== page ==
ESTRO 2020 Abstract book
S158 ESTRO 2020
PH-0286 Development of CT-based cardiac model with substructure for dosimetry in late effects studies S. Shrestha 1 , A.C. Gupta 1 , J. Bates 2 , C. Lee 3 , C.A. Owens 1 , B. Hoppe 4 , L.S. Constine 5 , S.A. Smith 1 , Y. Qiao 1 , R.E. Weathers 1 , R.M. Howell 1 1 The University of Texas MD Anderson Cancer Center, Radiation Physics, Houston, USA ; 2 University of Florida, Radiation Oncology, Gainesville, USA ; 3 National Cancer Institute, Division of Cancer Epidemiology and Genetics, Bethesda, USA ; 4 Mayo Clinic, Radiation Oncology, Jacksonville Beach, USA ; 5 University of Rochester Medical Center, Radiation Oncology, Rochester, USA Purpose or Objective Retrospective cohort studies of radiation therapy (RT)- related late effects involve longitudinal follow-up of cancer survivors (N>10,000) from multiple institutions treated with conventional RT without CT-based treatment planning. To estimate organ doses, patients’ historic RT records are abstracted and their treatments are reconstructed on age-specific computational phantoms. In past studies, we have reconstructed heart doses using a simple anatomy atlas-based whole heart model, i.e. stylized and without substructures. The primary objective of this study was to enhance the heart model, including substructures, such that it was more anatomically realistic in size, shape, and position using CT images and demonstrate that the refined heart model is representative across the typical age range of a pediatric cohort. Material and Methods Our atlas-based heart model was refined and expanded using whole heart and substructure contours from the National Cancer Institute (NCI) computational human phantom series. Within a commercial treatment planning system, we registered the 5-year-old NCI phantom with our in-house phantom. Using a Python script, whole heart and substructure contours were extracted, deformed, and converted to a grid of evenly spaced points in our in-house master phantom. We then scaled our phantom to ages 1, 5, 10, 15 years and adult. Scaling functions in our computational phantoms take into account non-uniform growth along all three dimensions. To evaluate if our new cardiac model was representative from infant to adolescent, we calculated Dice similarity coefficient (DSC) values comparing our atlas-based and new cardiac models scaled to aforementioned ages with NCI phantoms of same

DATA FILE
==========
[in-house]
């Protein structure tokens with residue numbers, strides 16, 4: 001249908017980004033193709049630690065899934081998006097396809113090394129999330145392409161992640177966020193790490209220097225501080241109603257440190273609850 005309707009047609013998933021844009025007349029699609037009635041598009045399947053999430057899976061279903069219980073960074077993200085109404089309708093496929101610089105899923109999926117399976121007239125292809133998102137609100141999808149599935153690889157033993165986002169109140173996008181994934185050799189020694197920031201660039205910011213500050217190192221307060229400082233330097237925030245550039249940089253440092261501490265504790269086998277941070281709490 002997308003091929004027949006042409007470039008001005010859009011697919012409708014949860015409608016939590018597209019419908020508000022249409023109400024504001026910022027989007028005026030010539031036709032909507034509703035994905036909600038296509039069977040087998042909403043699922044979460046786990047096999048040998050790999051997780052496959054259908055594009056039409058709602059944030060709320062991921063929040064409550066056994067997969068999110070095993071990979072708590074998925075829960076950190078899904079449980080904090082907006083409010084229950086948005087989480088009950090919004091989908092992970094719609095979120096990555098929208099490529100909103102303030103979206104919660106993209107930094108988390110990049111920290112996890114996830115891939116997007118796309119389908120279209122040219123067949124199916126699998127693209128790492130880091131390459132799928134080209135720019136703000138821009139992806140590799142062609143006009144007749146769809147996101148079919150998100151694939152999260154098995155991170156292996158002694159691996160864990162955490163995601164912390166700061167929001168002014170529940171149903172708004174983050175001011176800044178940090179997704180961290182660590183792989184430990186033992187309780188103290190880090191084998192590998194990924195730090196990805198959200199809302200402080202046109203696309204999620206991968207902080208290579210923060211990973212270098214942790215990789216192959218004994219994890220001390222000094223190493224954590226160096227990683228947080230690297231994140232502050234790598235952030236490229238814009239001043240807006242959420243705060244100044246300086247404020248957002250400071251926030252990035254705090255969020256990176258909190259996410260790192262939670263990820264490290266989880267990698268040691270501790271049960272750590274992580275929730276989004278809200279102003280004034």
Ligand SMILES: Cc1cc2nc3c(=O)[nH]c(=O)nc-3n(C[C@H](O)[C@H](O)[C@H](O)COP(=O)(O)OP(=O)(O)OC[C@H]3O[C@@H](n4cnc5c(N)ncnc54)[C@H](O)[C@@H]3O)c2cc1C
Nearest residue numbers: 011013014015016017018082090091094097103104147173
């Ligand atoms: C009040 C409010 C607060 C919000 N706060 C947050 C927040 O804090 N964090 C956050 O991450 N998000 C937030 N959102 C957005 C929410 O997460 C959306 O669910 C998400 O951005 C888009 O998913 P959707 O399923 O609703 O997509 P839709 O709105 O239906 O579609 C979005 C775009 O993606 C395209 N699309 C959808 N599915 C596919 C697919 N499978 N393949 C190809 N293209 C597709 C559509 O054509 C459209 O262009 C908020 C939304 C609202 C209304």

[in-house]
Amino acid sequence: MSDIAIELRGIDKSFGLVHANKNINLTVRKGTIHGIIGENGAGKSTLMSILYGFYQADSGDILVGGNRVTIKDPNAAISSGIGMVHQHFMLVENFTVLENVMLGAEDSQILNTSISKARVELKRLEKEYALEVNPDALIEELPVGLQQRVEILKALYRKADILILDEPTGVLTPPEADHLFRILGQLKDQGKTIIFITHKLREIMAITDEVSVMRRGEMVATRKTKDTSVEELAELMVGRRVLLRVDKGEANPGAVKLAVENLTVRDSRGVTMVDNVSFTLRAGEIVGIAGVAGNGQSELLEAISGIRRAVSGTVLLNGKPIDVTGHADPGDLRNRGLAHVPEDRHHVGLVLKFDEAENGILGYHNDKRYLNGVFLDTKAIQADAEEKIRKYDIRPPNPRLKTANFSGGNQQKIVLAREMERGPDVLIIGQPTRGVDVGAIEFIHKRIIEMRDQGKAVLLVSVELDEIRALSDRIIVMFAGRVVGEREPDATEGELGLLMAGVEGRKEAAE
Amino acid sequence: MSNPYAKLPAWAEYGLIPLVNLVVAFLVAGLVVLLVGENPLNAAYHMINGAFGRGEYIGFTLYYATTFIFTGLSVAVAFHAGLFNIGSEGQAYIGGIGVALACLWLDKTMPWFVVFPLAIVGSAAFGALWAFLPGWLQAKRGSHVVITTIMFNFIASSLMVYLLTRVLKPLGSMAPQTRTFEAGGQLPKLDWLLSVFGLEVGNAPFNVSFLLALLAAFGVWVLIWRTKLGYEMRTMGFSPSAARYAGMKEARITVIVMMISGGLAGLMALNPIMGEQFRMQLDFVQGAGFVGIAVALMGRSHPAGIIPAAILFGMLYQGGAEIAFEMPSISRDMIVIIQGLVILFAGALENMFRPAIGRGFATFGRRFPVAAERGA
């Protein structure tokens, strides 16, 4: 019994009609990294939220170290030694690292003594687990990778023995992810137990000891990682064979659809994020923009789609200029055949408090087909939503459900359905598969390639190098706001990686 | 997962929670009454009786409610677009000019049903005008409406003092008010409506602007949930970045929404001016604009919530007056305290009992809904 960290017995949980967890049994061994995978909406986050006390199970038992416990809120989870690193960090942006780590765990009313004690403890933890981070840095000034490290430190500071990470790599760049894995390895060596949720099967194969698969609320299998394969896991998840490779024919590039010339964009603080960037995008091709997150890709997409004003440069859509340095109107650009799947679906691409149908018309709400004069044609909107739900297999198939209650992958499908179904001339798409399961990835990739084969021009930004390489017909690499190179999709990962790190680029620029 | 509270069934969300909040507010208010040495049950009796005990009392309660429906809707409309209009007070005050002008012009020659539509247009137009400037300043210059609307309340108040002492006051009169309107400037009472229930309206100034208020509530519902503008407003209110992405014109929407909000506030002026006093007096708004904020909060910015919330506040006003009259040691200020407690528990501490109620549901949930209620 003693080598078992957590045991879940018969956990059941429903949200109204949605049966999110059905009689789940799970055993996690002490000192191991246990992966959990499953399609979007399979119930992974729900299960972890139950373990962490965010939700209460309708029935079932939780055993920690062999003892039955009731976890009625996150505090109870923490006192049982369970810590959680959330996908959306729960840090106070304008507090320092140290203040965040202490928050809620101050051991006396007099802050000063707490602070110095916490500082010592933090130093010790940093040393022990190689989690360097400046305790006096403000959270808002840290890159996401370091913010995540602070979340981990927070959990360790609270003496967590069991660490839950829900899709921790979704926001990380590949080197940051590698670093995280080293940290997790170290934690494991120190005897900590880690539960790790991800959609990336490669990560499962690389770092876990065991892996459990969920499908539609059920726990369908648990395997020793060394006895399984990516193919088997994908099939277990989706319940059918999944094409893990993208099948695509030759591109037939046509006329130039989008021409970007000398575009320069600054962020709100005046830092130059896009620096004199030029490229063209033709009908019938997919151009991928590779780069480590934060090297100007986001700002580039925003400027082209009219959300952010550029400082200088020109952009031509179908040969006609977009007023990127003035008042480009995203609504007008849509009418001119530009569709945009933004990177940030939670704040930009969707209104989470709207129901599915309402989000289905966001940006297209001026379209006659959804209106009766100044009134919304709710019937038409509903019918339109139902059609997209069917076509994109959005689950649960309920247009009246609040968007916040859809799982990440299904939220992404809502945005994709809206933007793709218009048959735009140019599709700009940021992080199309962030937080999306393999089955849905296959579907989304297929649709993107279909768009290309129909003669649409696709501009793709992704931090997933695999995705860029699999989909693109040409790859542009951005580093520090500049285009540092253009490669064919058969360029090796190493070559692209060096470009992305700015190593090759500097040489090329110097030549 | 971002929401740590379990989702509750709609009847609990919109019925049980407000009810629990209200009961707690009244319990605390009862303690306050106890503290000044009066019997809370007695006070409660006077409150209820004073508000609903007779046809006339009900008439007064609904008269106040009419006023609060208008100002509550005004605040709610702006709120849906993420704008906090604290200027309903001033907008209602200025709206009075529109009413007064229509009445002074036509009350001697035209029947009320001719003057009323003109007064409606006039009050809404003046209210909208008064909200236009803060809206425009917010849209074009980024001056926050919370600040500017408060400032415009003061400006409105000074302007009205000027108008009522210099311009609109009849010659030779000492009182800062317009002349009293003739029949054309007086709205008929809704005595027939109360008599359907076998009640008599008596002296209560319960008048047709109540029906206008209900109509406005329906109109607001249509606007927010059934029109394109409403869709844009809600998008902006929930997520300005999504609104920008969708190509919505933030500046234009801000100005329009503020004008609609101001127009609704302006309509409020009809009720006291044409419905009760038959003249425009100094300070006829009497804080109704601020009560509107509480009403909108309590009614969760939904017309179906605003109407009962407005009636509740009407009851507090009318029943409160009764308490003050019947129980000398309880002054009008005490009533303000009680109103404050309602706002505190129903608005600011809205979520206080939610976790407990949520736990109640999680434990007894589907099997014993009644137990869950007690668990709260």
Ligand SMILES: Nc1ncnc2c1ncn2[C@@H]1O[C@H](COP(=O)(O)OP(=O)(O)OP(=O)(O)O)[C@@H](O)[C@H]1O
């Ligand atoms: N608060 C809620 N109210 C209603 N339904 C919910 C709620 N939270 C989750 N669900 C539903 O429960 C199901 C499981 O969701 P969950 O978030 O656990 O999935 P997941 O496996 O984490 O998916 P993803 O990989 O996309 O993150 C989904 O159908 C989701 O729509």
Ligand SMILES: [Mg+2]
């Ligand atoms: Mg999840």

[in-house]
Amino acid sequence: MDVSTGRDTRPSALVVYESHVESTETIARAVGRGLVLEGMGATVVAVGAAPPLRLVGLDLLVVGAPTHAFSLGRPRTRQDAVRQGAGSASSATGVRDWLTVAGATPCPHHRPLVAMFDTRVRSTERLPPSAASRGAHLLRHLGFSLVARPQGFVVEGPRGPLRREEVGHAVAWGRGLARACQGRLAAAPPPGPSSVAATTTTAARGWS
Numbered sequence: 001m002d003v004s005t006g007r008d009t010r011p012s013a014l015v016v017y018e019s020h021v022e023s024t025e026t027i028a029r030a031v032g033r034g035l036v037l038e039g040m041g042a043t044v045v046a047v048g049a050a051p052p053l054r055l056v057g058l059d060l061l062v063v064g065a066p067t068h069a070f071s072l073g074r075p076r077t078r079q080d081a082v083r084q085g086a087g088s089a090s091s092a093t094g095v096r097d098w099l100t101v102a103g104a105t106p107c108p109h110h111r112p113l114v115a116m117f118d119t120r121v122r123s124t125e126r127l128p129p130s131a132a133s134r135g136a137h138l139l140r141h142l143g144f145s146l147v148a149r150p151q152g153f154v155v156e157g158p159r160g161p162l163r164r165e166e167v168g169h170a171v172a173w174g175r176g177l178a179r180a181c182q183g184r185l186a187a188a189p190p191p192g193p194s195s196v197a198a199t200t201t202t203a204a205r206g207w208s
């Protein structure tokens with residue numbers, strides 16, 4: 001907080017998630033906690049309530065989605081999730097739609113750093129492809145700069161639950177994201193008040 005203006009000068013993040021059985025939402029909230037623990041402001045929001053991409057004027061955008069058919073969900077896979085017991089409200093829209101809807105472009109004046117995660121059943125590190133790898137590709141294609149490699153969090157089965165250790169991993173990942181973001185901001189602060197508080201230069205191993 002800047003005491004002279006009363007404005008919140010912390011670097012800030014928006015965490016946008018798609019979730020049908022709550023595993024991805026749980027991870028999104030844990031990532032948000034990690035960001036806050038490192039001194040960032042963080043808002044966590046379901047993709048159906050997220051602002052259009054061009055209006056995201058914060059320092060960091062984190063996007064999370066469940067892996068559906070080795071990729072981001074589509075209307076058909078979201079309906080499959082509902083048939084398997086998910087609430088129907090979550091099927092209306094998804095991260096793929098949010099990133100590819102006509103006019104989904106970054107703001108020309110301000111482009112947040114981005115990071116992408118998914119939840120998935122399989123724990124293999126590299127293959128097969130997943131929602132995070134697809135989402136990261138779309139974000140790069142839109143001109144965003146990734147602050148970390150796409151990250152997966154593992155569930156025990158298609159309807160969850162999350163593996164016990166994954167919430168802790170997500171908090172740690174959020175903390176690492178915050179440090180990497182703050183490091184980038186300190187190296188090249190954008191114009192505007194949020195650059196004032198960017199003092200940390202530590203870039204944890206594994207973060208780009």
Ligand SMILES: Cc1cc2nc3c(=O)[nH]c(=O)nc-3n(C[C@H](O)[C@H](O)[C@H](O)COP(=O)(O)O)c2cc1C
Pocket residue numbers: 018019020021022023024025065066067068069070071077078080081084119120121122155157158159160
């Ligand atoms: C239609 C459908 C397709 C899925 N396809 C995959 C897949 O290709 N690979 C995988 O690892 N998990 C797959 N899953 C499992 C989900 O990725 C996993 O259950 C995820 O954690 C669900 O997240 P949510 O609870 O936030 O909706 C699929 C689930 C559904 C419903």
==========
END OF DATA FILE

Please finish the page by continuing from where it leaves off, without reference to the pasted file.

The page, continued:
Results We developed a new cardiac model with 14 substructures (including aorta, ventricles, atriums, arteries and valves) for our computational phantom. Importantly, the phantom (along with heart and substructures) can be scaled to any age at RT for individual dose reconstructions, which is essential for pediatric cohorts. The new cardiac model is anatomically similar to NCI cardiac model across all ages with an average DSC value of 0.80 ± 0.04. This is a significant improvement (Wilcoxon Signed-Rank Test, p < 0.01) over the atlas-based heart model with an average DSC value of 0.37 ± 0.05. The improvement is consistent for each age and both genders.
Conclusion The new cardiac model developed here is anatomically superior to the previous model and enables dose estimation for cardiac substructures for individuals in pediatric cohorts whose historic RT was not planned with
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